Community Digest

Top new questions this week:

If the Sun disappeared, could some planets form a new orbital system?

If the sun were to suddenly disappear, the planets would continue to travel tangentially to their former orbits. (This I know from this answer to a somewhat related question here.) In such a scenario, ...

orbit gravity space-time rogue-planet  
asked by Psychonaut 17 votes
answered by Anders Sandberg 31 votes

Why do M dwarfs emit more X-ray radiation than larger, more luminous stars?

I have read that "The relative amount of harmful radiation (to life as we know it) that stars emit can be 80 to 500 times more intense for M dwarfs relative to our Sun". Source This seems ...

star astrophysics stellar-astrophysics radiation  
asked by Astroturf 6 votes
answered by ProfRob 4 votes

What exactly was the Moon's "Evection Resonance"?

Ward et. al define the evection resonance of the Moon with the Earth and Sun as: occurring when the lunar perigee precession period equals one year. Does this simply mean that the angle formed by ...

the-moon orbital-mechanics orbital-resonance  
asked by Connor Garcia 5 votes
answered by James K 8 votes

Fate of a planet orbiting a Lagrange point behind a star?

Let's say there is a planet orbiting at L5 behind a star, which is in turn orbiting a more massive star, like so: What is the ultimate fate of this planet? I'm predicting that it will spiral into the ...

star orbit planet binary-star lagrange-point  
asked by slowerthanstopped 5 votes
answered by James K 6 votes

Are red dwarfs really 30-100 times our Sun's density?

This article by K. E. Edgeworth claims red dwarfs tend to be around 30-100 times our Sun's density. However, this seems a bit high. With smaller stars, mass tends to be proportional to radius but ...

star mass density red-dwarf  
asked by Xi-K 5 votes
answered by Schwern 8 votes

Significantly blueshifted Lyman-$\alpha$

Lyman-$\alpha$ line in galaxies is notably known to show a double peaked profile, mainly due to its scattering in a moving medium, see e.g., the very recent Matthee et al. 2021, The X-SHOOTER Lyman-╬▒ ...

observational-astronomy galaxy cosmology universe interstellar-medium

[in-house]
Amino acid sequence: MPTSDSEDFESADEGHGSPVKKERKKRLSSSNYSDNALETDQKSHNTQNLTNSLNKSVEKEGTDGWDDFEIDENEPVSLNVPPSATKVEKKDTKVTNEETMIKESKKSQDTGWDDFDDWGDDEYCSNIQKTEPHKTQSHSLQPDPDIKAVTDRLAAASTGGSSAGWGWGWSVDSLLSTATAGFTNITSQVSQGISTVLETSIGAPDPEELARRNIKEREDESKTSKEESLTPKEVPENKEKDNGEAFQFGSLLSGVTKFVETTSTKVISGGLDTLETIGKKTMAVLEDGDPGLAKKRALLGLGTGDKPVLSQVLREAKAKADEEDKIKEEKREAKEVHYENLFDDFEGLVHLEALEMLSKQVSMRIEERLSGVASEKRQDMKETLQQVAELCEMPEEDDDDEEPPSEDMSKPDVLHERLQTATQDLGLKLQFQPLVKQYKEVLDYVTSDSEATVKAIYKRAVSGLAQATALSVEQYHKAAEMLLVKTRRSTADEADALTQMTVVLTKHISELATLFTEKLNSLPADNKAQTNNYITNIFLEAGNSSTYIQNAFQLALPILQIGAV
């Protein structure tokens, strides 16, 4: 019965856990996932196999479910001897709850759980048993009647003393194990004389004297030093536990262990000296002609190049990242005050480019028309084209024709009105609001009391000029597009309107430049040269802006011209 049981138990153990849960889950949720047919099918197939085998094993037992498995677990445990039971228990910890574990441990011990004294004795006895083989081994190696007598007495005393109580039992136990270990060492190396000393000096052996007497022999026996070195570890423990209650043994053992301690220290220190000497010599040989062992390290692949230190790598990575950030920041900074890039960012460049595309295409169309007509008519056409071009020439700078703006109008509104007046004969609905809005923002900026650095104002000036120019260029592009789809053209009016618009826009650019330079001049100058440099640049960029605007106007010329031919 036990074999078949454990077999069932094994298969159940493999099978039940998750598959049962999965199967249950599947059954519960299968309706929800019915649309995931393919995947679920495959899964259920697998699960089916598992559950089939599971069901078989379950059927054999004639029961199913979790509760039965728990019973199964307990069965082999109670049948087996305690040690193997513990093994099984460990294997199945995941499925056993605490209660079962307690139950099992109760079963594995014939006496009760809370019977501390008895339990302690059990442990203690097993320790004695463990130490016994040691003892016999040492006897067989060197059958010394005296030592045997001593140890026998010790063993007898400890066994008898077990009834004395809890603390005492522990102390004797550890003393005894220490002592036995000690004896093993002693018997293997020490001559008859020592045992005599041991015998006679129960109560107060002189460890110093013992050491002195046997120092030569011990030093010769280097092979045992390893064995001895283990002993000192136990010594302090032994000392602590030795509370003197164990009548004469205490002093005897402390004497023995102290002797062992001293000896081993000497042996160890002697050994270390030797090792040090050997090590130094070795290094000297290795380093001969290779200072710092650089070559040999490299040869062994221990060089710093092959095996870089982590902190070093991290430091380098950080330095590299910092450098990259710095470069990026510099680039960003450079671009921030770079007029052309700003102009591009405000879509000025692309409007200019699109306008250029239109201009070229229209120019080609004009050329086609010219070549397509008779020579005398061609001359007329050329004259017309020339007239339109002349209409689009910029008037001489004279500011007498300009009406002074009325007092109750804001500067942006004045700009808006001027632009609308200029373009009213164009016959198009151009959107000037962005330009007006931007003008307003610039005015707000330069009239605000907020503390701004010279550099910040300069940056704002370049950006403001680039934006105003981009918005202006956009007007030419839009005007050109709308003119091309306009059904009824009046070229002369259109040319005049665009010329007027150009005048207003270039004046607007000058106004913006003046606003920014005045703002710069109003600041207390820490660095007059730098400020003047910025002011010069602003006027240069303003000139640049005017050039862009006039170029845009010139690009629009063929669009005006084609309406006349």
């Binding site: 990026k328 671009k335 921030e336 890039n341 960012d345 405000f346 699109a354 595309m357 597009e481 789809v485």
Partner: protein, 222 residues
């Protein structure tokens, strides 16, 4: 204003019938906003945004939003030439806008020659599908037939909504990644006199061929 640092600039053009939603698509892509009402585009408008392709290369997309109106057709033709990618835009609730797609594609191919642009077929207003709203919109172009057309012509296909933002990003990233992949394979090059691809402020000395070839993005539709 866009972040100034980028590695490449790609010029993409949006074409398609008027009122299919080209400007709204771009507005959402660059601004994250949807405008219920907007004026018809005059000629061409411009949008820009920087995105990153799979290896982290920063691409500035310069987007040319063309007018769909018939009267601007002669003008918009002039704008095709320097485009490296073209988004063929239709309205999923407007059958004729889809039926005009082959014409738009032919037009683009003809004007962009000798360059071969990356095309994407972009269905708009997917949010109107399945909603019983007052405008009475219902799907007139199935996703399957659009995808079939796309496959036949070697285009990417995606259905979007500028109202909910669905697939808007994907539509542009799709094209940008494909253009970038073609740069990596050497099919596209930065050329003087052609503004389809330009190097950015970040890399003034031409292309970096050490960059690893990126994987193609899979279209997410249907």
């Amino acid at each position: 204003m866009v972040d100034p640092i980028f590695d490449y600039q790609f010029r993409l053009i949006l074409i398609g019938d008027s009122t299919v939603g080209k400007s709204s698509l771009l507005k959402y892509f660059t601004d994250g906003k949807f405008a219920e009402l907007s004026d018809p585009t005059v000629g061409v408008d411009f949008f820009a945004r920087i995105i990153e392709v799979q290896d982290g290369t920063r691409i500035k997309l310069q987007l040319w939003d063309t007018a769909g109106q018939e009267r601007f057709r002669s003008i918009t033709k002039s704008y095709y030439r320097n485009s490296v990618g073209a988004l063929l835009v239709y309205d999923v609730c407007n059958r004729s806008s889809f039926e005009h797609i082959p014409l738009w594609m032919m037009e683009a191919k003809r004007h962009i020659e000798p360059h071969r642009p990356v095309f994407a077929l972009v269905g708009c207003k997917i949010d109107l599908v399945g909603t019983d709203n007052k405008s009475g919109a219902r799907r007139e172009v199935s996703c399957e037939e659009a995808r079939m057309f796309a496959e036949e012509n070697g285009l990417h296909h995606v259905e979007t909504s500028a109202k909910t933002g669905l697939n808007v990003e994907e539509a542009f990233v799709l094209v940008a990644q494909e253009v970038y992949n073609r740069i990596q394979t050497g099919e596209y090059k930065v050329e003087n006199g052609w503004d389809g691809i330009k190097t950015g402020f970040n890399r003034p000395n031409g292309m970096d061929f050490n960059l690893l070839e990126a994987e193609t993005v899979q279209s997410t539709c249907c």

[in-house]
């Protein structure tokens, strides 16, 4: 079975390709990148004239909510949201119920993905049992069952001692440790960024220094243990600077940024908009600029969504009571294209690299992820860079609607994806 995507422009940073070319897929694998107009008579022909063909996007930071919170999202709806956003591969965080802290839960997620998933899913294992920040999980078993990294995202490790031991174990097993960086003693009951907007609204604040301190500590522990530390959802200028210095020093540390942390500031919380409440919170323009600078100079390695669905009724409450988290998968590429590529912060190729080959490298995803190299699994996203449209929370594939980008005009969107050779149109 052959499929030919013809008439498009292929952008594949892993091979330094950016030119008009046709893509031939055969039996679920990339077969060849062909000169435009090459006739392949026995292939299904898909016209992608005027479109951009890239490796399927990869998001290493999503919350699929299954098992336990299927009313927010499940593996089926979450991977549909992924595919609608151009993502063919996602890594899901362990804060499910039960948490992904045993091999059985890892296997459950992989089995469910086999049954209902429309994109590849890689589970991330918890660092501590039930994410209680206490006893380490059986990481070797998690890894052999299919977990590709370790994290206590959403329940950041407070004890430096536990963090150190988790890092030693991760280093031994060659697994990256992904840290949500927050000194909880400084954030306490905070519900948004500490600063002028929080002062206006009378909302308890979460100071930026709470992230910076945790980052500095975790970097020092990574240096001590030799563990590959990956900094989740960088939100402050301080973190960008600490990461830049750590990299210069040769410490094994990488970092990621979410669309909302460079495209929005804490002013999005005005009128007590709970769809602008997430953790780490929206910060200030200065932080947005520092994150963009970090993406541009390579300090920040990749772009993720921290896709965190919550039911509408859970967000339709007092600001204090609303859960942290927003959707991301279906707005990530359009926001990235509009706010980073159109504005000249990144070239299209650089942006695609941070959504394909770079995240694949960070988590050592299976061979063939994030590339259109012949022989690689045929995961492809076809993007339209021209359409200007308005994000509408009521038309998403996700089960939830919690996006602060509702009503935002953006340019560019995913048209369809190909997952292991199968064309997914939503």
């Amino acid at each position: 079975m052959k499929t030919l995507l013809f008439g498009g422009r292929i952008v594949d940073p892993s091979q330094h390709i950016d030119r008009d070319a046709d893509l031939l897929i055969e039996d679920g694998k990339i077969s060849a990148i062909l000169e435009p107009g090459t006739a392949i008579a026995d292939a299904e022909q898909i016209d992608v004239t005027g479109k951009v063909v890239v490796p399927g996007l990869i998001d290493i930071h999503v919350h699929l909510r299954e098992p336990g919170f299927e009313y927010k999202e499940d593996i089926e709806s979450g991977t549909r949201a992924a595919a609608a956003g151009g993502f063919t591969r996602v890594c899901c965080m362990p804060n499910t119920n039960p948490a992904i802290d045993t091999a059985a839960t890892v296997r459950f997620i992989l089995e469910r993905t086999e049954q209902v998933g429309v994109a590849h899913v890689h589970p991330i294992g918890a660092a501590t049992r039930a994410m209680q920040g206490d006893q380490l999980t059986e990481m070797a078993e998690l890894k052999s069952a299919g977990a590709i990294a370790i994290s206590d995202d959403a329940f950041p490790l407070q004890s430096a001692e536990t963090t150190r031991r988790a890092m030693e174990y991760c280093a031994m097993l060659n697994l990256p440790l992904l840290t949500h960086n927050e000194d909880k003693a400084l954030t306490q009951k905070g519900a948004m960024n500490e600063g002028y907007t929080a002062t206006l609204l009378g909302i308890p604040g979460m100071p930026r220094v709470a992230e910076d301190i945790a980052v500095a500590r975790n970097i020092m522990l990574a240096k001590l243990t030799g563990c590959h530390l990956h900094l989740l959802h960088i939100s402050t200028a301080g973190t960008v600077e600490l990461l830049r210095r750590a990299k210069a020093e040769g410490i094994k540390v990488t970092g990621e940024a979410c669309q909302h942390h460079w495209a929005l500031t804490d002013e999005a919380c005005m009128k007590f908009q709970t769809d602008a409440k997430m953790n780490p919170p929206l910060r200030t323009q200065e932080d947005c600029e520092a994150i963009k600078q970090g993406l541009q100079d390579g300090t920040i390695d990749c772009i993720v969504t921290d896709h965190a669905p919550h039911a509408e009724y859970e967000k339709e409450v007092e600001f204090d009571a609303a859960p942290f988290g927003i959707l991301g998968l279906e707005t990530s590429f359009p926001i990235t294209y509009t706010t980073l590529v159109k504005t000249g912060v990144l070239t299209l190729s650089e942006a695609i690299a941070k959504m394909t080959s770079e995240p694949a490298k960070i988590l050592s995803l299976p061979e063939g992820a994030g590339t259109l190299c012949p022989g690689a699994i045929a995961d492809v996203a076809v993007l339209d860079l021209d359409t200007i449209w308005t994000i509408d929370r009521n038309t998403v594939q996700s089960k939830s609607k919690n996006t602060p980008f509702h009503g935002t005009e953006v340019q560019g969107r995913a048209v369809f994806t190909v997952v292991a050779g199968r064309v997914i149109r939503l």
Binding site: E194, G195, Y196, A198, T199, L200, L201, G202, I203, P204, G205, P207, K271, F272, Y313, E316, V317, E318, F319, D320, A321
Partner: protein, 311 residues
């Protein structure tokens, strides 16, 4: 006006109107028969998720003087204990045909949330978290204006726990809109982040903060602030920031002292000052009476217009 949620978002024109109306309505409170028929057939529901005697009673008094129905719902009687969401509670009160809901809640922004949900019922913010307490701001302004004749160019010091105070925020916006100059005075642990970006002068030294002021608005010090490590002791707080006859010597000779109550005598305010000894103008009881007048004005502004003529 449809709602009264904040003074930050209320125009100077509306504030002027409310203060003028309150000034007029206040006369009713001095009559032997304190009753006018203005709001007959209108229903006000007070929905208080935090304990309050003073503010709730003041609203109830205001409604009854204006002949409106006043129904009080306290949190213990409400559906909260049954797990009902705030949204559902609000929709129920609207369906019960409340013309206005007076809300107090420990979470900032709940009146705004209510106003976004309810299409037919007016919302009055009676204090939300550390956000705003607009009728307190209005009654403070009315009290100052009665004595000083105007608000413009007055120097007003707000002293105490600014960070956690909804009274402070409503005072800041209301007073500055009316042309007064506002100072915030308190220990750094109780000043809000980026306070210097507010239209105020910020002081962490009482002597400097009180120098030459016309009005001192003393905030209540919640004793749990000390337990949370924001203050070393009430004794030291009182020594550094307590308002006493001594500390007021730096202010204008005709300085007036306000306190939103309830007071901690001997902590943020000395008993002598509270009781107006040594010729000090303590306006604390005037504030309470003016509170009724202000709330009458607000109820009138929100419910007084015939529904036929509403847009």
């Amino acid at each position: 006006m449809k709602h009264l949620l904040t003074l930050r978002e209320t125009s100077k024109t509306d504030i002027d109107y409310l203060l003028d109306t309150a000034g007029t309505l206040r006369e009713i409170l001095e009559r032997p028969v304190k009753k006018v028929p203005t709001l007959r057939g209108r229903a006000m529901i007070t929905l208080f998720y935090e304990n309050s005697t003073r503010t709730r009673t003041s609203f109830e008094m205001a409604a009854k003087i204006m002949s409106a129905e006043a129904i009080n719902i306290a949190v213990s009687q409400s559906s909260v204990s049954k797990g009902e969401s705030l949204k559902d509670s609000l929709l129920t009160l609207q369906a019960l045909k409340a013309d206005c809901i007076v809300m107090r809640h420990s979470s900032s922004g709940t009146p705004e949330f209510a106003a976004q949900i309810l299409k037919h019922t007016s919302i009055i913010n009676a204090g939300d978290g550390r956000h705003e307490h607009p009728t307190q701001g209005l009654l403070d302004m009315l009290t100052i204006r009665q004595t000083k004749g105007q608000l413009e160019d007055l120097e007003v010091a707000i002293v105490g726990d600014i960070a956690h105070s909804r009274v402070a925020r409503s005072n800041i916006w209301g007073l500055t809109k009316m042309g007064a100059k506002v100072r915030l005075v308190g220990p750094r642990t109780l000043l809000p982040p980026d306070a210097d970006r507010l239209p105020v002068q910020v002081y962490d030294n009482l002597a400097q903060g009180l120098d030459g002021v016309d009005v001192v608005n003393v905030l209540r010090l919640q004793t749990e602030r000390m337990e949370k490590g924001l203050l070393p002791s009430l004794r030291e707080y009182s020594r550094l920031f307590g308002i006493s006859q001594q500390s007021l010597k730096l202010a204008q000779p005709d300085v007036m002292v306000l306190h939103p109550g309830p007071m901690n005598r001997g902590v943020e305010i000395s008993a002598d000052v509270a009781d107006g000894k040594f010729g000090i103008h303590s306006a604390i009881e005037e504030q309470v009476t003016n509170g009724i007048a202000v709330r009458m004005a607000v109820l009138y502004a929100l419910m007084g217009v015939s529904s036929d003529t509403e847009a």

asked by Tony P. 4 votes

How to place an observer in a cosmological simulation

Suppose I have a cosmological simulation with points in xyz space at a certain redshift in a cube like this: And I have these for many cubes of different redshifts say from z=0 to z=2. Now I want to ...

cosmology software visualization sloan-dss  
asked by kauii8 4 votes

Greatest hits from previous weeks:

What will happen when landing on Jupiter?

Jupiter is a gas giant, so landing on it will not be like landing on Earth, our Moon or Mars etc., as it does not have a solid surface like these. If we have a hypothetical spaceship or probe landing ...

jupiter gas-giants surface core gas  
asked by Farhan 11 votes
answered by ProfRob 17 votes

What is the name of our Solar System?

what is our Solar System called rather than "the Solar System"? I've found "Sol System" and "Monmatia", too, but is there more to it?

solar-system naming  
asked by user7518 14 votes
answered by Peter Erwin 12 votes

How can there be 1,000 stellar ancestors before our Sun?

I've heard from a few sources* recently that the Sun is a 1,000th generation star, meaning it had a thousand stars that came before it based on its heavy-element content. I understand that earlier ...

the-sun stellar-evolution  
asked by Benjam 85 votes
answered by ProfRob 142 votes

How did Eratosthenes know that the sun is far away?

The famous measurements and calculations done by Eratosthenes around 300 BC are very widely known. He concluded correctly that the circumference of the Earth is about $252\,000$ times the length of an ...

distances history  
asked by Michael Hardy 29 votes
answered by James K 55 votes

Why do objects burn when they enter earth's atmosphere?

Why do all objects burn when they enter our atmosphere? is this because of our atmosphere composition? and does this happen on other planets as well?

atmosphere  
asked by A.K 4 votes
answered by stevenvh 8 votes

Why not take a picture of a closer black hole?

There are closer galaxies than Messier 87 for sure, even ours! It sparked my curiosity that they went with one 53 million light years away. Is there a reason for this?

black-hole supermassive-black-hole event-horizon-telescope  
asked by Morgan 67 votes
answered by Ingolifs 83 votes

How much gold is there in our sun?

XKCD 1944 claims that there is "more gold in the sun than water in the oceans". Is this really true?

the-sun  
asked by Jakub Šturc 137 votes
answered by Peter Taylor 26 votes

Can you answer these questions?

Visual binary star with circular apparent orbit

Does anyone know a good example of visual (or interferometric) binary star apparent orbit of which looks circular due to projection though in fact is markedly elliptical? I need that for teaching.

orbit binary-star orbital-elements  
asked by Leos Ondra 1 vote

Moon phase angle

When I look at a visible moon in daylight its phase is shown at an angle. However textbook moon phase diagrams only show the phase vertically. What is it that determines the angle? The reason I ask ...

moon-phases  
asked by Jen 3 votes

North Stars of each Solar system planet?

What are the North Stars of each individual body points too? E.g. Earth points to Polaris. Mars points to Deneb/Alpha Cygni. What about Sun, Mercury, Venus, Moon, Jupiter, Saturn, Uranus, Neptune, ...

planet solar-system celestial-mechanics navigation  
asked by Majoris 1 vote
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